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Tumour regression rates of 11 patients with cervical carcinoma were estimated during external beam radiotherapy (EBRT) using serial MRI (average time interval 7 days; range 3-15 days). An average of five investigations (range 4-8) was performed per subject. Tumour volume was measured by two observers using the Cavalieri method of modern design stereology in combination with (a) planimetry and (b) point counting. The mean precision of all the volume estimates obtained by manually tracing the outline of the tumour was 6.6%. The mean precision obtained by counting an average of 176 points per investigation on the same transects was 6.7%. The intraobserver repeatability of planimetry, interobserver reproducibility of planimetry and point counting were excellent with no significant difference between the volume estimates obtained using either technique. Based on the planimetry measurements, initial tumour volumes ranged from 6.5 to 222 cm3(mean 63 cm3: median 44 cm3). Based on the point counting measurements, initial tumour volumes ranged from 7.2 to 235 cm3(mean 68 cm3, median 46 cm3). Tumour regression began within a few days of commencing EBRT and showed an exponential relationship with time (p < 0.01). There was good agreement between the regression rates obtained by planimetry and those obtained by point counting. No significant correlation was found between initial tumour volume and tumour regression rate for either planimetry or point counting. Planimetry measurements were, on average, obtained in about half the time taken for point counting (i.e. 30 min and 50 min, respectively). Although point counting is generally likely to be the more efficient approach, planimetry may be the preferred approach for estimating tumour volume when a purpose built track ball is available and the tumour morphology is relatively simple. Volume measurement should be obtained using the Cavalieri method to ensure that the estimates are unbiased and that their precision can be predicted. The measured tumour regression rates may have important implications for improving local tumour control, optimum timing of brachytherapy and minimizing the risk of radiation damage.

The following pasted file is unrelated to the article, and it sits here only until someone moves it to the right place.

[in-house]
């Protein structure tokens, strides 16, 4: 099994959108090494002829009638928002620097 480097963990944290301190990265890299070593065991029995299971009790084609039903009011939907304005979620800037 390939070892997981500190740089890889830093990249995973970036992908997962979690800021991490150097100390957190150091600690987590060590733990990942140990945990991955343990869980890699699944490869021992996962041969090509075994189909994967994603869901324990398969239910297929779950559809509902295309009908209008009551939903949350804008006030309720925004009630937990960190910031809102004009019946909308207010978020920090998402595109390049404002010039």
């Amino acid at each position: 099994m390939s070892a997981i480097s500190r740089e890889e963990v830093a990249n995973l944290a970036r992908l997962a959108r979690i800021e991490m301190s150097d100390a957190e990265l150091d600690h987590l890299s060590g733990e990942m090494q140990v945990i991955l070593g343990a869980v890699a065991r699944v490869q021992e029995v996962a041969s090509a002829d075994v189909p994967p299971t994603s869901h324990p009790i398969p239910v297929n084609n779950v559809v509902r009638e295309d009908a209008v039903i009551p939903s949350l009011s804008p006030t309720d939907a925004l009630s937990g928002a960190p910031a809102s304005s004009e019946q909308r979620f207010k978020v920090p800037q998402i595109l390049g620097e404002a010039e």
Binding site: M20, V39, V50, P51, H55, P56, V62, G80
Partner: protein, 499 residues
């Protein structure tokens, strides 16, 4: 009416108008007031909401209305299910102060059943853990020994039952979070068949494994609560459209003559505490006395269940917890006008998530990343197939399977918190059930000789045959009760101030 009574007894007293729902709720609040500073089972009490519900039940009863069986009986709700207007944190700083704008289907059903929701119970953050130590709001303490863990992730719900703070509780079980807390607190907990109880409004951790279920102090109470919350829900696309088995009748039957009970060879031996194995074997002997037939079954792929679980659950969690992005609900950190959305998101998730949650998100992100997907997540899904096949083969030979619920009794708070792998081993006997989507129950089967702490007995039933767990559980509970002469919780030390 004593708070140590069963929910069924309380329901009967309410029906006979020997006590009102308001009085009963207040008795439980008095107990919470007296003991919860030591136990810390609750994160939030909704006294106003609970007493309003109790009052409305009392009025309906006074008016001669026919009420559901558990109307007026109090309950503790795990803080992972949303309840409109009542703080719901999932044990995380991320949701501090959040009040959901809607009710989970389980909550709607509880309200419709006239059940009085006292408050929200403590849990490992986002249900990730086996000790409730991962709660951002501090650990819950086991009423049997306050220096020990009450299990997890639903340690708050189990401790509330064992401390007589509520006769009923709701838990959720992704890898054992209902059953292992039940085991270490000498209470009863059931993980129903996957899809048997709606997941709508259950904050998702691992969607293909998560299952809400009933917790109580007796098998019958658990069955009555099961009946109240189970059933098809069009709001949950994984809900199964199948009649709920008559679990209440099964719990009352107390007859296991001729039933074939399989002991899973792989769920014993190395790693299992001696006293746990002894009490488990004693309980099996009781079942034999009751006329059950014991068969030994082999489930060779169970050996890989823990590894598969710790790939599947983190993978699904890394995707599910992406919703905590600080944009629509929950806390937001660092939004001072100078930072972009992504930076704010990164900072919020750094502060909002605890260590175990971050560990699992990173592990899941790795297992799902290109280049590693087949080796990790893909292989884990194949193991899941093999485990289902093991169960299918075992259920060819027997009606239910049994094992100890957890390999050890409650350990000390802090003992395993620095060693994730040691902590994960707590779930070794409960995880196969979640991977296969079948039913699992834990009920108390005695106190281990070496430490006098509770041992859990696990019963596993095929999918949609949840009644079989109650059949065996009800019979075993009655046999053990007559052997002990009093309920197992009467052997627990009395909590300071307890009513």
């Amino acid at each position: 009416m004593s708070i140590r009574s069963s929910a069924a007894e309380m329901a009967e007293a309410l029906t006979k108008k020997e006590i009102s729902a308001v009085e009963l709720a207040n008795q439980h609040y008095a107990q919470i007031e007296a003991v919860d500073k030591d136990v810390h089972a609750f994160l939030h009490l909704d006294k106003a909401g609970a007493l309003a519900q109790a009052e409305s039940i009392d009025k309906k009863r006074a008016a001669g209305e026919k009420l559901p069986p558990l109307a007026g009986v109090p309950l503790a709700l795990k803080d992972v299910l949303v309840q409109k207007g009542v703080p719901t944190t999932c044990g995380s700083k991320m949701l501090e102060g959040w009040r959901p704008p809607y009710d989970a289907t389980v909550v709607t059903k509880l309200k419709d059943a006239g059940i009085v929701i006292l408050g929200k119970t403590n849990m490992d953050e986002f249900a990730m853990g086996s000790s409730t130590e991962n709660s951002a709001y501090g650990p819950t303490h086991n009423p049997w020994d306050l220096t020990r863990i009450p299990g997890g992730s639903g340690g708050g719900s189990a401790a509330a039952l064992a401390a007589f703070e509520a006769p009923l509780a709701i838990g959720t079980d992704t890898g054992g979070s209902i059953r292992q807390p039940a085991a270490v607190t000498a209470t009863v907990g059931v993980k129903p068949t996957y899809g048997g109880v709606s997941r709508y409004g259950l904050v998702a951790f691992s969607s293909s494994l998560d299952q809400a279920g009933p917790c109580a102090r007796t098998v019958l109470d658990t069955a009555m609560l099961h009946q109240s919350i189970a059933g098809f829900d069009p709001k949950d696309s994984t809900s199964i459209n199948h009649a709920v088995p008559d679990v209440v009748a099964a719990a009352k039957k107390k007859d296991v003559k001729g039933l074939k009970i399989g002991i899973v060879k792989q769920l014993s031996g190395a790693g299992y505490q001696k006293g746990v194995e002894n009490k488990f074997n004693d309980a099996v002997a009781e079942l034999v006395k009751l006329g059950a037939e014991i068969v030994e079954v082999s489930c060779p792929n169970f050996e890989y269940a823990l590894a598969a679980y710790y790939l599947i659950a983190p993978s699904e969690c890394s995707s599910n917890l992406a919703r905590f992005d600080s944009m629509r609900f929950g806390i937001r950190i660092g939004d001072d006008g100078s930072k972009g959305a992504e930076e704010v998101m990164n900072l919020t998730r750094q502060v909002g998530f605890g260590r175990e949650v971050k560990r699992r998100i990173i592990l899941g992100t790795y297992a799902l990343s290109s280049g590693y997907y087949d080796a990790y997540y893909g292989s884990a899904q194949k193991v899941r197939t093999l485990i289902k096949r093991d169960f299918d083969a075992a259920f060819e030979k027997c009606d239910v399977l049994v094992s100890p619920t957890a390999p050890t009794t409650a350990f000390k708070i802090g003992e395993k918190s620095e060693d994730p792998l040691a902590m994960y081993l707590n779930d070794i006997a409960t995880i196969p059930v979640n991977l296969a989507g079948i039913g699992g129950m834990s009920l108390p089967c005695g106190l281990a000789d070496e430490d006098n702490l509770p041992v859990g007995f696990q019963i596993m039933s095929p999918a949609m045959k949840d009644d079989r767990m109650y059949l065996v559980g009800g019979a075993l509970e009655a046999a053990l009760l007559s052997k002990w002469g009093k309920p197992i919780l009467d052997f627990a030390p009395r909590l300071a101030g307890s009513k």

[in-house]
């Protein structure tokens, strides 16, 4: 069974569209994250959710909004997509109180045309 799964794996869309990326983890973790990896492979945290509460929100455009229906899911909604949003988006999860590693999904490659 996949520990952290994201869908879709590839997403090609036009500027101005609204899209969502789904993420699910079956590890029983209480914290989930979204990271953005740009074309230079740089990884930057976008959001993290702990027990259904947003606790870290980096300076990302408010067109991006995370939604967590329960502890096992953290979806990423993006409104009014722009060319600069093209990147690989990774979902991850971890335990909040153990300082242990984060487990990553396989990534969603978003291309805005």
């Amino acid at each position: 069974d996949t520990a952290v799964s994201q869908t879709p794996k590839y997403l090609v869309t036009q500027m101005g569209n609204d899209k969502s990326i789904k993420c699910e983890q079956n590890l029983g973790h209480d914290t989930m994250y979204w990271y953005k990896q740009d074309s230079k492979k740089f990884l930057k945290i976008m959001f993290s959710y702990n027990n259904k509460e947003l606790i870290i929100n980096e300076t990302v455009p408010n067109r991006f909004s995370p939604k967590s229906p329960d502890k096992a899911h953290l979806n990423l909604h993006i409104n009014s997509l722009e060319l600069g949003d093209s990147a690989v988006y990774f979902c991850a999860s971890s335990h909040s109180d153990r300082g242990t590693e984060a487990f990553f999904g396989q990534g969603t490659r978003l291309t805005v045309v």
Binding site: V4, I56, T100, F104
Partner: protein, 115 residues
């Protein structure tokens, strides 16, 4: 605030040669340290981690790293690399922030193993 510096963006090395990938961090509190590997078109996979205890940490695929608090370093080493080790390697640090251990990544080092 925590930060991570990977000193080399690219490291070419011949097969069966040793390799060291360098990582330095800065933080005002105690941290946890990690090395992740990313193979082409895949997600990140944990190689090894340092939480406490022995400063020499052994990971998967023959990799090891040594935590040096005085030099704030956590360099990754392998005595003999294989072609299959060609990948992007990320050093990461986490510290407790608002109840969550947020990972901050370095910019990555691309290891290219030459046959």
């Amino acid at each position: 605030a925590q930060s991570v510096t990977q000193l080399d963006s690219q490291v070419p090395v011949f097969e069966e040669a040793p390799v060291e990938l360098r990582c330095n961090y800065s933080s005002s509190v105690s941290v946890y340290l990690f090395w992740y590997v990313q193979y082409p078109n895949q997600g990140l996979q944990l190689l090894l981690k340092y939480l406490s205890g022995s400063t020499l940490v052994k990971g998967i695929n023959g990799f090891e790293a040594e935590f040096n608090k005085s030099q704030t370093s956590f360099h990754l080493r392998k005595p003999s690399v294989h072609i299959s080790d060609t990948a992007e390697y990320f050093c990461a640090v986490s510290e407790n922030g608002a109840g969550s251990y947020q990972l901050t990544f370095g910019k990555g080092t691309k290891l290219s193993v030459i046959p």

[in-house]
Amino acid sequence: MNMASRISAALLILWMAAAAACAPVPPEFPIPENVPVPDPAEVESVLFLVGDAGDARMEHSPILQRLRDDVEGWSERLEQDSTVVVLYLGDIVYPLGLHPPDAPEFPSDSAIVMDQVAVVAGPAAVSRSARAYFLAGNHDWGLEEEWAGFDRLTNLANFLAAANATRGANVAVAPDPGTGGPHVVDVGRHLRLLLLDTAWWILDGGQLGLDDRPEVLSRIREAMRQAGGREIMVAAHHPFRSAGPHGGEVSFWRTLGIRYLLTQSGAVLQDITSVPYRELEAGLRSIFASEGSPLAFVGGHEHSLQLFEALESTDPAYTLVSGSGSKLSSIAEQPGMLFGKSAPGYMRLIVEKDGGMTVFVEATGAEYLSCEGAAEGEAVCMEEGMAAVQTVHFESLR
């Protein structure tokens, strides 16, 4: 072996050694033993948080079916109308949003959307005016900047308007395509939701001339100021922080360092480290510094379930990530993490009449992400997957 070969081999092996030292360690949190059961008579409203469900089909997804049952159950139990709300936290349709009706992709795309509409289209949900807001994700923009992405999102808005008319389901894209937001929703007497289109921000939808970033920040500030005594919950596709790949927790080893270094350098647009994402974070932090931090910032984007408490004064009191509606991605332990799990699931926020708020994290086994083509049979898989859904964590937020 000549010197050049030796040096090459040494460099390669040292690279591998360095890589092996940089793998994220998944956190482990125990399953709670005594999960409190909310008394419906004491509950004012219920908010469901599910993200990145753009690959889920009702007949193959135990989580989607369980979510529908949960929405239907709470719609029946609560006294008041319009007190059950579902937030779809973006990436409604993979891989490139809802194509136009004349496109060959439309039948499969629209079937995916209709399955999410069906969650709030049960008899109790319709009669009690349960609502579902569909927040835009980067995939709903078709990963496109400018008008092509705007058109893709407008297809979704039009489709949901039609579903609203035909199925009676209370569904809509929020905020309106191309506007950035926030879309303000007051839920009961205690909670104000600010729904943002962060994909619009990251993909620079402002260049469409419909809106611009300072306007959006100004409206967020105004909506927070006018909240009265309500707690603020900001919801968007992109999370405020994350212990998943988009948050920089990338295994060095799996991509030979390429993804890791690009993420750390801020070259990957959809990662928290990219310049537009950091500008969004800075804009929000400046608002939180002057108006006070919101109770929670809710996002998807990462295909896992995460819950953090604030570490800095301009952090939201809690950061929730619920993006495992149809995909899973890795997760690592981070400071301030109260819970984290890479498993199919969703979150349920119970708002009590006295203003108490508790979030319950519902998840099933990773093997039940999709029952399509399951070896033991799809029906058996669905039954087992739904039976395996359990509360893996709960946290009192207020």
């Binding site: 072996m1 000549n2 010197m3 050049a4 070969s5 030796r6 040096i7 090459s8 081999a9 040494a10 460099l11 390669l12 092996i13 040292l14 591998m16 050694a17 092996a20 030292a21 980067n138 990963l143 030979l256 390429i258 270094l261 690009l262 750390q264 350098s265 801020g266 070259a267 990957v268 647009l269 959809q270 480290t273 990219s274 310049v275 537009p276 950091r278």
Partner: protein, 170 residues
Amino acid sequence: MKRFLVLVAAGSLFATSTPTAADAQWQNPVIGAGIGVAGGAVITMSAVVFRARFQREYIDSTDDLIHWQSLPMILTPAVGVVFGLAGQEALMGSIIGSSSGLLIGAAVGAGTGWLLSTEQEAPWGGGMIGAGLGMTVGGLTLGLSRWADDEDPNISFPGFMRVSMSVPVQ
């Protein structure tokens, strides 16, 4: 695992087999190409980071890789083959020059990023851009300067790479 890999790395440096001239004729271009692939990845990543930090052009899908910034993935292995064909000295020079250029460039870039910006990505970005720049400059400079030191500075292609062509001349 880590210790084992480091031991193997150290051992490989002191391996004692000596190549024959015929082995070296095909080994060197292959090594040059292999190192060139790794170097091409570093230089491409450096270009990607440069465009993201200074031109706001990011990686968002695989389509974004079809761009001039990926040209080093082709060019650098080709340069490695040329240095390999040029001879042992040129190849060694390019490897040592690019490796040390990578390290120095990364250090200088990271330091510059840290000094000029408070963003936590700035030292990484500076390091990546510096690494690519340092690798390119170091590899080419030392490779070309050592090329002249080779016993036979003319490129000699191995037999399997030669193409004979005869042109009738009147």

Journal article


British Journal of Radiology

Publication Date





62 - 72